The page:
Barak= lightning, to shine, blessed
When I ask my students how they’re doing, they generally reply “blessed” with a fist bump to their heart region. Living amongst a hurricane torn island: Houses half standing, restaurants slowly crawling back, power outages, and water wonderings, I ask myself to reconsider “blessed”. My stateside American version of blessed is the American dream: A big house, great job, money for vacation, dinners out, and all the chotskies. I am positive that the Caribbean definition of blessed is different.
Actually, I felt that type of blessed yesterday January 1, 2019. We said goodbye to Eva Mae. She is not my biological daughter, but she is mine. A former student, I saw her lightning years ago. It came through her eyes and connected to mine. She was blessed, a child of the divine. She stands tall with promise of good things to come and looks at others like they matter. Whether it is the cocaine addict that is railing obscenities, the dreaded sailor that is a sleep on the beach, or the college professor that likes their coffee a certain way, she stops, listens to their story, and shines. Her shining is deeper than her physical dimension, it is extraordinary...it is blessed.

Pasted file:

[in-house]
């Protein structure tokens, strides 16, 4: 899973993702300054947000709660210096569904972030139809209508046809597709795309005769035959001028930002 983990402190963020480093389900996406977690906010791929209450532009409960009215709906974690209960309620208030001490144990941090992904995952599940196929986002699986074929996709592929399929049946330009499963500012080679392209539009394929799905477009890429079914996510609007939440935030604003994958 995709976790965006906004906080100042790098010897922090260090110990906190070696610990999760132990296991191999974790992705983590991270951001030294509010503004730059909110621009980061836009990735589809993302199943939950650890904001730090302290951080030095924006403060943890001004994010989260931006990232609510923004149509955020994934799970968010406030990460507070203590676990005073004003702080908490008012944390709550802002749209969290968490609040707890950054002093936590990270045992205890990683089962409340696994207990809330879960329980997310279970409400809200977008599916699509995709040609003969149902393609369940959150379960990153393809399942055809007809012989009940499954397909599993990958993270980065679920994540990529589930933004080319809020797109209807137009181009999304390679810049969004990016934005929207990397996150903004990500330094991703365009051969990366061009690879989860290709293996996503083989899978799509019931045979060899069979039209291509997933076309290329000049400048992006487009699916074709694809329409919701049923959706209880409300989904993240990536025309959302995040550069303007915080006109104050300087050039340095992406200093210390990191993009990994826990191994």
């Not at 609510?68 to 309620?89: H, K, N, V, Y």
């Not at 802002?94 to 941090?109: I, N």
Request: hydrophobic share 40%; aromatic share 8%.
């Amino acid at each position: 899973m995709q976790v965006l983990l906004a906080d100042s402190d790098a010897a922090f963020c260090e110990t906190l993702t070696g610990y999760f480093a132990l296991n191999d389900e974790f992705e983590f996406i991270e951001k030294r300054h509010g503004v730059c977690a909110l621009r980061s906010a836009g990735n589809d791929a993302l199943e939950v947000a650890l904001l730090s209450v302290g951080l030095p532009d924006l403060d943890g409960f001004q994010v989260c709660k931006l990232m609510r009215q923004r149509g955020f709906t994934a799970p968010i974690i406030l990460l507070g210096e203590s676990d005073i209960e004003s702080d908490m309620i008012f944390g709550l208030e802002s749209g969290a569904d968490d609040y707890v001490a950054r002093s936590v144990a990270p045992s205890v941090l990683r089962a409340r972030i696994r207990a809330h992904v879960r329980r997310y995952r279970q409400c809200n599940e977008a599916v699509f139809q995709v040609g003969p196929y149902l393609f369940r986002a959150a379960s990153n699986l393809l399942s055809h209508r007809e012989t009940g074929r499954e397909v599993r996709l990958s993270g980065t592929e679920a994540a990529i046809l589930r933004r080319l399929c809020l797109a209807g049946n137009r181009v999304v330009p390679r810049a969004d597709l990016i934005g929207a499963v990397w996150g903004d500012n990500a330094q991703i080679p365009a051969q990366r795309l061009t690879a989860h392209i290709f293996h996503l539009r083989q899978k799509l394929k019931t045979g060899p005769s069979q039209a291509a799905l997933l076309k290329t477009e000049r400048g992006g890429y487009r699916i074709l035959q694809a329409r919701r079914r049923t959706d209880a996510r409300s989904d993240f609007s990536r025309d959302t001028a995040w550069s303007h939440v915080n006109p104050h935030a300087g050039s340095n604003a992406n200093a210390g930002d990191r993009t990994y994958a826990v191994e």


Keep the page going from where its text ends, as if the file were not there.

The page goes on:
When I listen to her stories of Appalachia, I laugh. Sometimes because the stories are outlandishly funny and other times because her experiences actually hurt (and laughing is all I know to do). Her life in the midst of pain, somehow is blessed. It is like a hurricane damaged huge pieces of the foundation, left some doors and windows swinging in the beach breeze, and yet it is still standing. Actually, it is more than standing. She is cooking soup for the neighbors and planning on adopting, yet another stray cat. She is lightning; she is blessed.
When I feel this type of blessing, this overwhelming sense that the world is not okay, and yet I am experiencing the extraordinary, I understand Caribbean blessing. It is “I and I” that the Rasta speaks of and it is “Barak” that the Hebrew knew. Blessing means we are united with God in the good and the bad. We are untouchable like lightning. We shine even in the rainstorm, and the hurricane. We live with promise when the world has none. Blessed is to have this deep connection with others and with God. To feel family with strangers and to know that everyday the extraordinary is happening in things we can and cannot see.
For 2019, may we be lightning. May we shine. May we be blessed.